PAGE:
Connecting Things Together
Kuwait University's IT strategy was to connect all the university campuses together. A dicision was made to facilitate the puclic data network of Kuwait's Ministry of Communications (MOC). This task was done in cooperation with the ministry's contractor at the time - SPRINT.

Through SPRINT in Kuwait, a meeting was set for Prof. Hussain with SPRINT in the US to discuss the Internet connectivity issues. Next, another and most important meeting was arranged with the NSF. The University put a strong case that Kuwait University lost most of its information resources due to the Iraqi invasion and was in desperate need of other available resources. The Internet was the only available mechanism that enabled the university to reach for these resources.

At late 1992, the National Science Foundation agreed to extend the Internet services to Kuwait at a time it was only available to US institutions and some selected institutions overseas. The agreement granted Kuwait University a full grade “A” extension (no limitation) to the university’s premises free of charge for two years.

Bumps on the Road
The project did not have serious obstacles that halted its advancement. On the contrary, the negotiation went very smooth. The problems were at the university. The Internet needed Local Area Networks LANs) to be connected with other LANs on the other side. Without LAN, it was nearly impossible to use the Internet. So part of Kuwait University efforts to rebuild the Computer Center was the establishment of 14 LANs around the university’s campuses. Furthermore, the second obstacle was the availability of experienced and trained staff. The university recruited around 120 staff from all over the world.

Not to forget that the available basic data networks (primitive) that did not handle large volume of transferred data did not help at all.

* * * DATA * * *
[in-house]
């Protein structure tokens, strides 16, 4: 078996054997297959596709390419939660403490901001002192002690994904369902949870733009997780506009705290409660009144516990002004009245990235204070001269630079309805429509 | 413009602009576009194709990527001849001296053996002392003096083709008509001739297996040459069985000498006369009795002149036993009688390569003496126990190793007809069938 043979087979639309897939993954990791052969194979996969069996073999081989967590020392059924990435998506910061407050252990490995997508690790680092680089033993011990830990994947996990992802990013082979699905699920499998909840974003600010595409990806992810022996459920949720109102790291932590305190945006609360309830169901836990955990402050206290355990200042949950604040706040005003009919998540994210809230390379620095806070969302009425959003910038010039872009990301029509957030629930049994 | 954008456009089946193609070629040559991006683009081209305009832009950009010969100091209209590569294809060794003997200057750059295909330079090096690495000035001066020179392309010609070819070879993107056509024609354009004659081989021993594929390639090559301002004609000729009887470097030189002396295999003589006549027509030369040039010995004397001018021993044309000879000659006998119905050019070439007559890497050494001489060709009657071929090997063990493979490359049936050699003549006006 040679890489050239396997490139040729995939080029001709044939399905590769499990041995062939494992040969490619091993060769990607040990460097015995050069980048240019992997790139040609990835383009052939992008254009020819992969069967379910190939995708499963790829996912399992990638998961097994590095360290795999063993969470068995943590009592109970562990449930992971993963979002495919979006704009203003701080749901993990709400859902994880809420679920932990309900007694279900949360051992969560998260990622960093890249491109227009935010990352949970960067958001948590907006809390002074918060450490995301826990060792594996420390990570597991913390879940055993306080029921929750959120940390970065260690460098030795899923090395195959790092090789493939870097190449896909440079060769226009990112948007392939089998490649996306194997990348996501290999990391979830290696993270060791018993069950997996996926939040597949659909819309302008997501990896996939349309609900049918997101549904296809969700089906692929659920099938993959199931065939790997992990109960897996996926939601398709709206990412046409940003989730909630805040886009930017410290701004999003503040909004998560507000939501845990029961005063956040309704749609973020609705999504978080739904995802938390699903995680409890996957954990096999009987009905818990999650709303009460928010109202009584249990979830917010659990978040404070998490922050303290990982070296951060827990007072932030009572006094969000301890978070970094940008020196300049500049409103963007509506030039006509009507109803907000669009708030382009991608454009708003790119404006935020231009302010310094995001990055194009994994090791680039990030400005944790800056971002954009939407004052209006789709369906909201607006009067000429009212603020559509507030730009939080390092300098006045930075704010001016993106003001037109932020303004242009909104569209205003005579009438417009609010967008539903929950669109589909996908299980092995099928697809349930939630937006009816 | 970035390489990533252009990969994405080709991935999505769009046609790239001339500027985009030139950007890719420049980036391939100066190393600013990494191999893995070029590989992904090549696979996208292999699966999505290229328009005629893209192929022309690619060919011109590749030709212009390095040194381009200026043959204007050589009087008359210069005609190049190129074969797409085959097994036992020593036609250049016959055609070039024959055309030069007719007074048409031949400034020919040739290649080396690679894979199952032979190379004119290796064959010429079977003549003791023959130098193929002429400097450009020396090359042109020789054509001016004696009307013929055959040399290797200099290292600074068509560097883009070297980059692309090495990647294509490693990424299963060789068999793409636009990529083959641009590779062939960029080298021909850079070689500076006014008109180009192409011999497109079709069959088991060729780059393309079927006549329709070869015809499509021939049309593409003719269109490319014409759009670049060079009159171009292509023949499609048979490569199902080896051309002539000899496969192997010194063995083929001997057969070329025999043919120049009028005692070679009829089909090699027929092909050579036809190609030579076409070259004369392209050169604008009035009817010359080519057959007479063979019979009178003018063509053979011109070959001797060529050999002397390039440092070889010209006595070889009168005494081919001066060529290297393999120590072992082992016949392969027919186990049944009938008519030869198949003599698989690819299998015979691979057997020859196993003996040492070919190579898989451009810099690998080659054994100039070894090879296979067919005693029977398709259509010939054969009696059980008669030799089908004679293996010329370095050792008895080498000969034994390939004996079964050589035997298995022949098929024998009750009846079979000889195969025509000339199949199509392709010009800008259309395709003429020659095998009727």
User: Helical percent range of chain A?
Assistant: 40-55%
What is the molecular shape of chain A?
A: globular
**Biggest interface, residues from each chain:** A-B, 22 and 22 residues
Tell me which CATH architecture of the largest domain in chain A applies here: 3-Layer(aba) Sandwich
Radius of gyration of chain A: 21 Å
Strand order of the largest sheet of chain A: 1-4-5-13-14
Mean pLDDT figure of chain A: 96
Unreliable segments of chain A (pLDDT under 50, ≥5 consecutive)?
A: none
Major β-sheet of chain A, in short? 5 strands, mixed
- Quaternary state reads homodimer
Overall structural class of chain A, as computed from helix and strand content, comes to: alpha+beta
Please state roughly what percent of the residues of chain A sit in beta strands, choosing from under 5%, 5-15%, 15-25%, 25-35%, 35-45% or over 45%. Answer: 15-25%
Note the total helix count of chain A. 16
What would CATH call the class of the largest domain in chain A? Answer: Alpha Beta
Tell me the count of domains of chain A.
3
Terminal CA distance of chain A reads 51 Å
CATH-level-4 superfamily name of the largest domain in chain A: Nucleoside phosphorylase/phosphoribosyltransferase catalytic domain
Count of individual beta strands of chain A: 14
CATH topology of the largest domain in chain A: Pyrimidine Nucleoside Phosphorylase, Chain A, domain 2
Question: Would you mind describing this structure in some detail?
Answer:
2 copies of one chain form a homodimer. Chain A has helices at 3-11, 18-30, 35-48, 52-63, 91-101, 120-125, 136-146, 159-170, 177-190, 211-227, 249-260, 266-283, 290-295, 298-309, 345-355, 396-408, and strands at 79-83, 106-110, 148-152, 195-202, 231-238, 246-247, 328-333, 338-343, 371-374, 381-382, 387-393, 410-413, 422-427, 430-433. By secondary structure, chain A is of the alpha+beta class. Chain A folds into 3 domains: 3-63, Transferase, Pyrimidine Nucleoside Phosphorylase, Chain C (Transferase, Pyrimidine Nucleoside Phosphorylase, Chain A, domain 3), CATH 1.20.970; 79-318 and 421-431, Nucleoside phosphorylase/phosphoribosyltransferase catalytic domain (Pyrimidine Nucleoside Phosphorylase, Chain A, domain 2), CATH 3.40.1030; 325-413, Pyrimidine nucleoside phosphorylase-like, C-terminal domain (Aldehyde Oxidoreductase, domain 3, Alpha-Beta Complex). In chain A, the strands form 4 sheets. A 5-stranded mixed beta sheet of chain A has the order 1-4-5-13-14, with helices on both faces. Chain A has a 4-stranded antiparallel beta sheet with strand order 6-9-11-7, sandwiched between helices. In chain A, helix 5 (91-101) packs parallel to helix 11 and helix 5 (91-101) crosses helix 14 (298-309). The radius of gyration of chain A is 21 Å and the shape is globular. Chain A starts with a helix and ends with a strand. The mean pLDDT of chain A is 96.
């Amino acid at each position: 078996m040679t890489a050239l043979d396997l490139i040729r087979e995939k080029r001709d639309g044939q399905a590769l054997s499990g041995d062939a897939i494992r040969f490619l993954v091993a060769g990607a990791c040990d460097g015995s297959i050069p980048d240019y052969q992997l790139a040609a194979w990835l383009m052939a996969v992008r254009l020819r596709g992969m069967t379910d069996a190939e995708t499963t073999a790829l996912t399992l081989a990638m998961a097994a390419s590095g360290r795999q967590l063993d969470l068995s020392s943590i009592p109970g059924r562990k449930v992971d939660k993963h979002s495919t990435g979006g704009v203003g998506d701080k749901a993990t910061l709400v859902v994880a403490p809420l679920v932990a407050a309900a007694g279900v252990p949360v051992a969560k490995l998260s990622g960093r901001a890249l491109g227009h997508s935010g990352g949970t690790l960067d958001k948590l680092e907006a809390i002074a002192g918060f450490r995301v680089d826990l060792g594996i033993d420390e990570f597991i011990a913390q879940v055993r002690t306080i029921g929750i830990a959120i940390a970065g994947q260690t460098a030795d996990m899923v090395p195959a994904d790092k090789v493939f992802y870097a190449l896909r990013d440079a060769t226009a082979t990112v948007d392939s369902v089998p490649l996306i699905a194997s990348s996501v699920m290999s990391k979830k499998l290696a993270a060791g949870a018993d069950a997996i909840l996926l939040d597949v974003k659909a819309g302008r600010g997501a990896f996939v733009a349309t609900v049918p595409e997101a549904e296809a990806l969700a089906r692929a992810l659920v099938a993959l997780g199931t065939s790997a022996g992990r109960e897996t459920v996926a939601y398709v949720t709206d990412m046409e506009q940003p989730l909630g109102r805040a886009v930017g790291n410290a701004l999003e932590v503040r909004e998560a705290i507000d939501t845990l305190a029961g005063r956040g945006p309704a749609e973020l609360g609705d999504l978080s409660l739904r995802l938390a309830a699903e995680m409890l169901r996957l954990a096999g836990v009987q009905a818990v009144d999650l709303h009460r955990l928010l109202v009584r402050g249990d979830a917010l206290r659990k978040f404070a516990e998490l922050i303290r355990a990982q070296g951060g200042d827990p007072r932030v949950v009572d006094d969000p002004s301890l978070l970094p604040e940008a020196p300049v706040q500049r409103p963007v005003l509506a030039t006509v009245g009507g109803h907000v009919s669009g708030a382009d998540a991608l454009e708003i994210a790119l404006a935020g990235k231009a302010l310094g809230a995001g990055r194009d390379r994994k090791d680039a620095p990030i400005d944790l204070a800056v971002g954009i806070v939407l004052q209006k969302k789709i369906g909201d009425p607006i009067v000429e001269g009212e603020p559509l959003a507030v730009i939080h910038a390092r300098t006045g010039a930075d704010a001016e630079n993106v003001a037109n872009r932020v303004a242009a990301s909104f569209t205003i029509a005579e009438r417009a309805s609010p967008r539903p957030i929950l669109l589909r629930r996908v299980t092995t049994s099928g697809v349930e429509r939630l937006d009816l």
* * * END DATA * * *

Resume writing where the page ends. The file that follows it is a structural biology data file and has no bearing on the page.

Team Work
While it was reorganizing itself within the set strategy, the Computer Center divided itself into 3 working groups. These groups are the technical group, the academic group, and the information systems group. The team work of the technical and academic groups, headed by the director of the Computer Center were the force behind making the Internet available and working at Kuwait University. By early 1993, the Internet and its services were available and operation at the university, thus in Kuwait. And it was during this year, which NFS handed over the responsibility of the Internet operation to the private sector in the United States. Meanwhile, all around the world, more organizations became connected to the Internet. The same happened in Kuwait, the operation of the Internet was fully transferred to the private sector, and the Internet started to flourish.

The above was prepared from an interview with Prof. Malek Ghuloum. Hussain, the former Vice President for Academic Support Services and Director of Kuwait University Computer Services Center (KUCS). Prof. Hussain was the force and probably the sole person behind the initial and later efforts for bringing the Internet services to Kuwait University, Kuwait and the whole region. He has our thanks and gratitude of many if not all Internet users in Kuwait.


Blogger nibaq said...

Boy do I feel old. I remember those days. I been online since 1993.

10:56 AM  
Blogger esetch said...

nibaq welcome to my blog

Yes it is that far, wow.
This post is all about remmebering those days, Netscape Navigator with the big N flashing.

I feel very old.

11:33 AM  
Blogger لمياء الحالمة said...

Well, I'm not old, but I like to read the history

did anyone of you, ever used Mozaic browser?

do you people remeber GOPHER ?

the name came after a dog, i guess, which stand for Go - For


12:27 PM  
Blogger esetch said...


I did use mozaic, also lynx, IE3 (yuck)

How about Archie and Veronica or WAIS

OMG, this is old history

GOPHER was the creation of the University of Minnesota developed as a tool to search for information on the Net before the days of Google and even the web